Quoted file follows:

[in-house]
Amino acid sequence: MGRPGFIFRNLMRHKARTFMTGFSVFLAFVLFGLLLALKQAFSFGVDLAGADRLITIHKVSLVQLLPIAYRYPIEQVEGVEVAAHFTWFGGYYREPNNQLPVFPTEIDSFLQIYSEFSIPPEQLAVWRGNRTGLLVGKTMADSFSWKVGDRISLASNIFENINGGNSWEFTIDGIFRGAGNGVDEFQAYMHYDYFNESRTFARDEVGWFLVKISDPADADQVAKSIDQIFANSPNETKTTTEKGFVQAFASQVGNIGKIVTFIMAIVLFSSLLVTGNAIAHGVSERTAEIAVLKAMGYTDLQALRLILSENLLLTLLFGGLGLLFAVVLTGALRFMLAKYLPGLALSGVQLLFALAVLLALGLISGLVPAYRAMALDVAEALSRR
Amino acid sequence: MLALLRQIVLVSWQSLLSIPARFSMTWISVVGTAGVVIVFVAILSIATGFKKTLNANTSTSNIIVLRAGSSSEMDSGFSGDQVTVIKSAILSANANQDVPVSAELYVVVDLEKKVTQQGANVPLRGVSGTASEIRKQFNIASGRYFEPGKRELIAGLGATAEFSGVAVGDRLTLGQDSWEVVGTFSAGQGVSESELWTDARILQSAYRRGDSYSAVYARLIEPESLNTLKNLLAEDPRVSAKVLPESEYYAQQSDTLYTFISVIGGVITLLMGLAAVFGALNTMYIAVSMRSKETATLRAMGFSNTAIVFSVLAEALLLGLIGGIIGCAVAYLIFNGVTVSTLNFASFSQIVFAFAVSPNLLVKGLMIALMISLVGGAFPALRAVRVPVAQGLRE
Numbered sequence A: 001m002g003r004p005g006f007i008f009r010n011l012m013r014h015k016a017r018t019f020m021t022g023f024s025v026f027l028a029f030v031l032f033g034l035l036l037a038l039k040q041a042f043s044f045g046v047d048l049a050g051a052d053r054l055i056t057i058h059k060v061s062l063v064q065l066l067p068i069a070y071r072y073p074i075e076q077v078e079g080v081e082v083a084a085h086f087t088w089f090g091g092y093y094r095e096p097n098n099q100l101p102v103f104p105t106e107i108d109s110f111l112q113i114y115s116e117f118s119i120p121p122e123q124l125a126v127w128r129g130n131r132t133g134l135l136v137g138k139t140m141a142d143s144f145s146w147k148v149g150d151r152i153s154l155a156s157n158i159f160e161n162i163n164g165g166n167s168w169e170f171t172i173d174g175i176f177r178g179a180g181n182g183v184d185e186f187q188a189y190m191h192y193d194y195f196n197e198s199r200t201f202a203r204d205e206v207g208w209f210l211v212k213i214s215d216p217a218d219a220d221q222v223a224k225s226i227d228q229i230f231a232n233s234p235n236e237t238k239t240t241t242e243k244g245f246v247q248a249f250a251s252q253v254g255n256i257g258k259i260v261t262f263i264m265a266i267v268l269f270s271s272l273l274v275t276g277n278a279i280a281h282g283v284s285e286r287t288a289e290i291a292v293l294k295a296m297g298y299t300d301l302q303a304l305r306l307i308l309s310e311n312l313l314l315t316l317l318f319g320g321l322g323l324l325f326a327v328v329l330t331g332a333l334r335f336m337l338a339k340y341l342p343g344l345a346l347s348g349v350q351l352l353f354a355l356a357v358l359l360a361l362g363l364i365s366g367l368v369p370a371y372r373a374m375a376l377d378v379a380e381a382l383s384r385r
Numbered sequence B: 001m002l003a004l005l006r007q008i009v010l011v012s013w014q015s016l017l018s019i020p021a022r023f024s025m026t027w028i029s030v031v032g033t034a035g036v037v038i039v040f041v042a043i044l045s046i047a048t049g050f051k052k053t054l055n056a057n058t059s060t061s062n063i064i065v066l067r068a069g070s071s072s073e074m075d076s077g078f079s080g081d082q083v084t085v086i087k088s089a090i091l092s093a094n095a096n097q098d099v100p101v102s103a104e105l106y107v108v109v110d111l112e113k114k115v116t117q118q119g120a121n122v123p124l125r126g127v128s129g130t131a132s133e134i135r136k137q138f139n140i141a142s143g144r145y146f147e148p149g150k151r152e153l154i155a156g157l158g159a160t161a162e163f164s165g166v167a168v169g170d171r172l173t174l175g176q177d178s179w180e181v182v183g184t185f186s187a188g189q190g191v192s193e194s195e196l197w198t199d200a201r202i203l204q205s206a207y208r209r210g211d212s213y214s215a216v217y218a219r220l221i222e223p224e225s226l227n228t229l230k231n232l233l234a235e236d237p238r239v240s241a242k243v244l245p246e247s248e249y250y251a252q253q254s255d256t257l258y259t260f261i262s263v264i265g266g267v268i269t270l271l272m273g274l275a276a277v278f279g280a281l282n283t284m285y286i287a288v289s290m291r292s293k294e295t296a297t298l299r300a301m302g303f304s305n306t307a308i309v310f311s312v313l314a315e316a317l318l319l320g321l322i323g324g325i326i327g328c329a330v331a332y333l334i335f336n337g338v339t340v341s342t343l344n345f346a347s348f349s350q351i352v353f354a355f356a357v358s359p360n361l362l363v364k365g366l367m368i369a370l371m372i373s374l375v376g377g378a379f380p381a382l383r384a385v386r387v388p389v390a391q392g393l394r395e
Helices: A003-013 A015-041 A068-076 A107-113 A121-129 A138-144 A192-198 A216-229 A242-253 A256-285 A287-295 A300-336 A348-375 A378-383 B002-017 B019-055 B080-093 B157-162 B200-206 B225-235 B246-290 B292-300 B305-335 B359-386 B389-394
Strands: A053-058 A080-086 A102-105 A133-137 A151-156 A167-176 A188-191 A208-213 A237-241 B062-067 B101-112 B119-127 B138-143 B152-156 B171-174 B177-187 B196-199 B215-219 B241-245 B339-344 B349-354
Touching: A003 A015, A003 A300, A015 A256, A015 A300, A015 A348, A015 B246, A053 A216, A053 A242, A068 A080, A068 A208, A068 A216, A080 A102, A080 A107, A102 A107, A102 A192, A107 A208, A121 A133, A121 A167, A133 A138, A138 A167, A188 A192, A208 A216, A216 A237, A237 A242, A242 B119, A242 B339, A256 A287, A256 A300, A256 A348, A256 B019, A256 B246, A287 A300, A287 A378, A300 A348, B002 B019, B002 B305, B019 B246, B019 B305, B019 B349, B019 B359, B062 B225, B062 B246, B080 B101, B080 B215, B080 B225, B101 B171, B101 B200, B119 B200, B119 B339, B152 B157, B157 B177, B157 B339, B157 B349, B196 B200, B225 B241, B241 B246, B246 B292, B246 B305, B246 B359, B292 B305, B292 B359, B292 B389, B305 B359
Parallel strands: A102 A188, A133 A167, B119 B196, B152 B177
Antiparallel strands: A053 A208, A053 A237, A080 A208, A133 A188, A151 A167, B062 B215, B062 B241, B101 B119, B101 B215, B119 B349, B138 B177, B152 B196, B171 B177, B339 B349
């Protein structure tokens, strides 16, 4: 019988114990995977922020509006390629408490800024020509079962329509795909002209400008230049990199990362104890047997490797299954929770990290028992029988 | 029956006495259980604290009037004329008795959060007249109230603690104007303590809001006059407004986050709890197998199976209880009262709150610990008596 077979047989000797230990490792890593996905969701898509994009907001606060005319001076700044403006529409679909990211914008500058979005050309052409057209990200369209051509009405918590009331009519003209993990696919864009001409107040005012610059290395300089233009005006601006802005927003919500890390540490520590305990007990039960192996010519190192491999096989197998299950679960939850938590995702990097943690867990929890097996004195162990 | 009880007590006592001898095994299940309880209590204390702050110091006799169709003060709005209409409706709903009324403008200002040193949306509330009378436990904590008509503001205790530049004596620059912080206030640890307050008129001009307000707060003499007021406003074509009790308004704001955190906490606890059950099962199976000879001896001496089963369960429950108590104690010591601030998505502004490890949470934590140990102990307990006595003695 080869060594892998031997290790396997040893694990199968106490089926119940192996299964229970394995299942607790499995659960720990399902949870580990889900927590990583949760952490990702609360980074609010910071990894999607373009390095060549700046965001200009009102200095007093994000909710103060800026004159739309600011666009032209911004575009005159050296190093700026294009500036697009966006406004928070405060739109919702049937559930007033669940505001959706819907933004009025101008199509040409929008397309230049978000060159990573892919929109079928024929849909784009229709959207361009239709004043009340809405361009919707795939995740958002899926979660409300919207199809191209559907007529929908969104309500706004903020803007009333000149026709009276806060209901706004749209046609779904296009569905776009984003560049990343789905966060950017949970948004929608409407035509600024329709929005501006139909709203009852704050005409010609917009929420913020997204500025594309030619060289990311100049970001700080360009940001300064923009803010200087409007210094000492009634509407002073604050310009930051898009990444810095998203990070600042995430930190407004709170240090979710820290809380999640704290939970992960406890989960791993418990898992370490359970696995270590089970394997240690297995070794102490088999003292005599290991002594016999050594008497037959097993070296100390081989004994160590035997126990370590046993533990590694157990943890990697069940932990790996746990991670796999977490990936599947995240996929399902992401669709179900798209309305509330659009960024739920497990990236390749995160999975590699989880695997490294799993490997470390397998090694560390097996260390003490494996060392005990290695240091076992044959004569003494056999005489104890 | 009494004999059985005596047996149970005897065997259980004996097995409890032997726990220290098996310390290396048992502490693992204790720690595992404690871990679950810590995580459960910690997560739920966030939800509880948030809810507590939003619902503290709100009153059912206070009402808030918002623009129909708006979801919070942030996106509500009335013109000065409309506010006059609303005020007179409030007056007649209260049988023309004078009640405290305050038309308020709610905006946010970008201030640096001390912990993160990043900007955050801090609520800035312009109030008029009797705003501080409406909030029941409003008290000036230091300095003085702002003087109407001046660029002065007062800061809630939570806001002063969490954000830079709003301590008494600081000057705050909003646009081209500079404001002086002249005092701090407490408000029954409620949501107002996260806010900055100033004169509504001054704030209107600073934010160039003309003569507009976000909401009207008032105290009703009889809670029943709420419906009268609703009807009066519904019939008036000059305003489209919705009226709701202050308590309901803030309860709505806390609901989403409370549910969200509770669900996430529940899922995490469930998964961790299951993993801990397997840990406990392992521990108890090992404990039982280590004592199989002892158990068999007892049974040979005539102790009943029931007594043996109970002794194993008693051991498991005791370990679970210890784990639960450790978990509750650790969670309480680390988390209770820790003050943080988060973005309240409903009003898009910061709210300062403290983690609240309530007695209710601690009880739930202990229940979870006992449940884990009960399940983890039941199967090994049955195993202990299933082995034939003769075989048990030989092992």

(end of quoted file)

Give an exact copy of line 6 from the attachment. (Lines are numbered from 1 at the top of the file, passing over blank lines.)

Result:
Helices: A003-013 A015-041 A068-076 A107-113 A121-129 A138-144 A192-198 A216-229 A242-253 A256-285 A287-295 A300-336 A348-375 A378-383 B002-017 B019-055 B080-093 B157-162 B200-206 B225-235 B246-290 B292-300 B305-335 B359-386 B389-394